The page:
The upper legislative chamber is currently led by Ahmad Lawan, a supposedly seasoned legislator in his 15th year whose blind loyalty to the executive is as obvious as it is worrying.
With Lawan installed as the head of a very influential independent arm of government, Buhari has had leg room to run amok and trample on the nation's democratic foundations.
The president is emboldened by the cowardice of the Senate so much that he knows if he takes a piss on the constitution, publicly, in the middle of the Federal Capital Territory, senators would hold a one-minute silence for the dead document and draw up an overblown budget to build a monument in its honour.
It's exactly why the president would nominate his own personal assistant on social media, Lauretta Onochie, for Senate confirmation to become a national commissioner of the Independent National Electoral Commission (INEC); not once, but twice.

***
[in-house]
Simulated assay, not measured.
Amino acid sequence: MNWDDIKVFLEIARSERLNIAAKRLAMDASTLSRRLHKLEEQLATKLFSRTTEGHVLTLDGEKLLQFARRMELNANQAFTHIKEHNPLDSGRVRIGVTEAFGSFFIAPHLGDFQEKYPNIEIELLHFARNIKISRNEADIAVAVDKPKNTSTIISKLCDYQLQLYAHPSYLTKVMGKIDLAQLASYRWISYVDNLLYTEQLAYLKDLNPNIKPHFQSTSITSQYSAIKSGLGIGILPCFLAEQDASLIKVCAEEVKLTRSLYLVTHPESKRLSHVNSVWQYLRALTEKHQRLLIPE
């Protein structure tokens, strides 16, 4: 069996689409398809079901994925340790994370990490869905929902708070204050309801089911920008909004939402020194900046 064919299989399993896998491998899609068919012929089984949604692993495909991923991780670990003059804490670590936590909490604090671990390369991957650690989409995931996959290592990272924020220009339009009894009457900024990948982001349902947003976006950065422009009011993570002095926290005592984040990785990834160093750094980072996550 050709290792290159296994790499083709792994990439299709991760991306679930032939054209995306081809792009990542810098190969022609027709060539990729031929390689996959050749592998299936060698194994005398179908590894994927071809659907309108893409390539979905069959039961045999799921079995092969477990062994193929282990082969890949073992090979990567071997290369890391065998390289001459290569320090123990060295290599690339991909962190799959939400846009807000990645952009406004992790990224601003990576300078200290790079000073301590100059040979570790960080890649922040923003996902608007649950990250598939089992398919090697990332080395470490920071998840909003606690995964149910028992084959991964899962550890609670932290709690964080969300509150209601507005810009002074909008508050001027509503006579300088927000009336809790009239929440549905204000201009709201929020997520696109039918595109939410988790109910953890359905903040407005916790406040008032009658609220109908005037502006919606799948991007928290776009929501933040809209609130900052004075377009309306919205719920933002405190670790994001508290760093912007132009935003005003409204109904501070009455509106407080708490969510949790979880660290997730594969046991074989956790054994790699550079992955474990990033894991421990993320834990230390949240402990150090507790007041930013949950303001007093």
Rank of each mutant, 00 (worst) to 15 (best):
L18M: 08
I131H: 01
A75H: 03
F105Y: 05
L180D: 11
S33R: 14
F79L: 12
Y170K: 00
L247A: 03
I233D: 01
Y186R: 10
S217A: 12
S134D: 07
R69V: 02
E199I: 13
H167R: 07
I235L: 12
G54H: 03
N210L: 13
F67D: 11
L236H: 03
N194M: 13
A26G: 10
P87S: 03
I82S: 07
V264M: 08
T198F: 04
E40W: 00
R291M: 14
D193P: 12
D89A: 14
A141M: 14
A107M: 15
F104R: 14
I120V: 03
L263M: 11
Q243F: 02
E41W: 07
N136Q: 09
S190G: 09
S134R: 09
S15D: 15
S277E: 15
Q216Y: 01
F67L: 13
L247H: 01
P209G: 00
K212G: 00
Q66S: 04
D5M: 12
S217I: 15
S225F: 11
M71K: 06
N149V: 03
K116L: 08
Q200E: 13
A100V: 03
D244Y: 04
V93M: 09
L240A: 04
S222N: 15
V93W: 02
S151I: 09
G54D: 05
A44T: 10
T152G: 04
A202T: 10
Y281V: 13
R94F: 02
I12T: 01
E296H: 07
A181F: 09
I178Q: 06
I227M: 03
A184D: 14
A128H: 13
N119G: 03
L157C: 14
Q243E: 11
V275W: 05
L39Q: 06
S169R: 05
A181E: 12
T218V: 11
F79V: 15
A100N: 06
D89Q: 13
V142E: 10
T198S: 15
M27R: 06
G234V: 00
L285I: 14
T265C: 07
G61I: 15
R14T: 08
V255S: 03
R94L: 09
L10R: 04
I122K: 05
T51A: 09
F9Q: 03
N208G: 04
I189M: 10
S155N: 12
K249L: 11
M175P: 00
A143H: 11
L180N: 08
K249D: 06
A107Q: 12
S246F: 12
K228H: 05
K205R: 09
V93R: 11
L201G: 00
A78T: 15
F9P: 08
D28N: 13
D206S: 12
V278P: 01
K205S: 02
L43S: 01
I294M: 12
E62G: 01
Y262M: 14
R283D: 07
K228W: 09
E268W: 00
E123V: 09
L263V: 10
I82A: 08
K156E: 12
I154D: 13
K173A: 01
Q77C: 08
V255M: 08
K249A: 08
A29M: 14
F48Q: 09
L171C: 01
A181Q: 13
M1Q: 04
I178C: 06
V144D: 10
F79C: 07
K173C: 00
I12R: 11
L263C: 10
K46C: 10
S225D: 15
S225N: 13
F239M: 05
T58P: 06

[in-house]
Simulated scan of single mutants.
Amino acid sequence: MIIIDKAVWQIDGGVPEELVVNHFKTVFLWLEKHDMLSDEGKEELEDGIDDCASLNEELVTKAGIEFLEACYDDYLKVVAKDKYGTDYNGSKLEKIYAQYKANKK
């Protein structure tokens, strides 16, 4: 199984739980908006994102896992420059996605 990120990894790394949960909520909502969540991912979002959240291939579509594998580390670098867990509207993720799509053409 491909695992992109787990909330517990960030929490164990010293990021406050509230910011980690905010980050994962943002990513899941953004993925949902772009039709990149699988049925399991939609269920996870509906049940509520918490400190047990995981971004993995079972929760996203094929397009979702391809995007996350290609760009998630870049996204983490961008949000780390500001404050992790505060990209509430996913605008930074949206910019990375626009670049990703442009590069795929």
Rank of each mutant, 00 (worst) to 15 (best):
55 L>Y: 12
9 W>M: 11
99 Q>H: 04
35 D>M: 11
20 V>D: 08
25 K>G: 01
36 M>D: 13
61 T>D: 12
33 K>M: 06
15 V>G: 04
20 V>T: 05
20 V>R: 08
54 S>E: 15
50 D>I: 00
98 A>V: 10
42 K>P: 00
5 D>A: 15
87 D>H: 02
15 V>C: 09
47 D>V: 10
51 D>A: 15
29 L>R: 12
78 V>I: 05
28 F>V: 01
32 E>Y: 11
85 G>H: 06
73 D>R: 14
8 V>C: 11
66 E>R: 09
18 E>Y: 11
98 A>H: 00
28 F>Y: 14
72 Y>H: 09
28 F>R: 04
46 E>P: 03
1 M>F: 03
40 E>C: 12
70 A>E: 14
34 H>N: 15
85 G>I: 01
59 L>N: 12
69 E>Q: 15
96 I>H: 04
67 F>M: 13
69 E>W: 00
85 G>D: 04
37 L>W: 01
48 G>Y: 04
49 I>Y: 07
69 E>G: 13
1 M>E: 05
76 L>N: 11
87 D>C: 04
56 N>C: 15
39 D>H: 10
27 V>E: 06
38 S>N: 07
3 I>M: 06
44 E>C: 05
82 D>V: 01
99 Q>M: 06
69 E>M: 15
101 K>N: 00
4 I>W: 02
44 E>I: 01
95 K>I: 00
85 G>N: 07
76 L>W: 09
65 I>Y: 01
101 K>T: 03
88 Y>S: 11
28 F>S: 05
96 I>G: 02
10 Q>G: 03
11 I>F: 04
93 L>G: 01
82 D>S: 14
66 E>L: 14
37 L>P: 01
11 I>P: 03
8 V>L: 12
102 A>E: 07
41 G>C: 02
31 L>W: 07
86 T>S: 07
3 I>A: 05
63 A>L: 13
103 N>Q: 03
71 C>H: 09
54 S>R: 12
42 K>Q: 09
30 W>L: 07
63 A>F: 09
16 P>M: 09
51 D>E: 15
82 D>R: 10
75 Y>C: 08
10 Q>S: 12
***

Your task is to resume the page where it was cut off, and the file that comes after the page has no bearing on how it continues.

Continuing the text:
Anyone that has ever accused the Senate, under Lawan, of being a rubber stamp of the currently overbearing executive was proved right, yet again, this week.
The 9th Senate has shown time and again that it is incapable of rising to its responsibilities to stand for and with the people.
The suspension of Twitter in Nigeria is not only a suppression of the rights to expression of every Nigerian, it has also affected the livelihood of many, and blocked economic opportunities for countless Nigerian youths who have used the platform to try and stay ahead in a country with crippling poverty, a tattered economy, and an escalating unemployment rate.
And not only have senators not tried to intervene this week, as they should, they have willfully turned a blind eye to the agitations of the people at whose pleasure they should serve.
They should hang their heads in shame.
Pulse Editor's Opinion is the opinion of an editor at Pulse. It does not represent the views of the organisation Pulse.